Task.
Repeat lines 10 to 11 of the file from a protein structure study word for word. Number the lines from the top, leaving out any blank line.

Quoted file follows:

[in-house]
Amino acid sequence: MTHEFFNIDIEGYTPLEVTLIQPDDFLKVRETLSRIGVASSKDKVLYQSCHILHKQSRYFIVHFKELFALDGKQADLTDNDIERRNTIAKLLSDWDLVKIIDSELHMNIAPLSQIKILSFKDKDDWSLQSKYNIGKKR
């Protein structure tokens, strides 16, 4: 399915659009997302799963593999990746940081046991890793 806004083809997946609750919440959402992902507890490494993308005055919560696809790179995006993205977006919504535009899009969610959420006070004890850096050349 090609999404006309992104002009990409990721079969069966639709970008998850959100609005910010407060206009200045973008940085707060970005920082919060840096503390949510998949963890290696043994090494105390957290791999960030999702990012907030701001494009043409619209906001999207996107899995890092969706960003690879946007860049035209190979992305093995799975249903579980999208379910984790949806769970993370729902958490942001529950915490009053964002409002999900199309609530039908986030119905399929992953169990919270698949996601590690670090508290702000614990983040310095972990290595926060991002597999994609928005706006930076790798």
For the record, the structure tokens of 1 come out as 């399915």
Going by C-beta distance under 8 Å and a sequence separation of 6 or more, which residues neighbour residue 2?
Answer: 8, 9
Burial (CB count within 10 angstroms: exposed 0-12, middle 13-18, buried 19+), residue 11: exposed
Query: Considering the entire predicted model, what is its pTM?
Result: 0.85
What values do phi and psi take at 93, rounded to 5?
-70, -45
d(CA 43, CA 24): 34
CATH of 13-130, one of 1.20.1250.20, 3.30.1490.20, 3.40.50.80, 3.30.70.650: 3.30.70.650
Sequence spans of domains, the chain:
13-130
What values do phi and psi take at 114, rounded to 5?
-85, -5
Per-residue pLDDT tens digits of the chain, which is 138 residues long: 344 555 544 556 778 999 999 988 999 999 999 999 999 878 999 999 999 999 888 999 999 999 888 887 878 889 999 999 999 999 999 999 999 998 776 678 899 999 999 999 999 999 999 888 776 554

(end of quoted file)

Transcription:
What values do phi and psi take at 93, rounded to 5?
-70, -45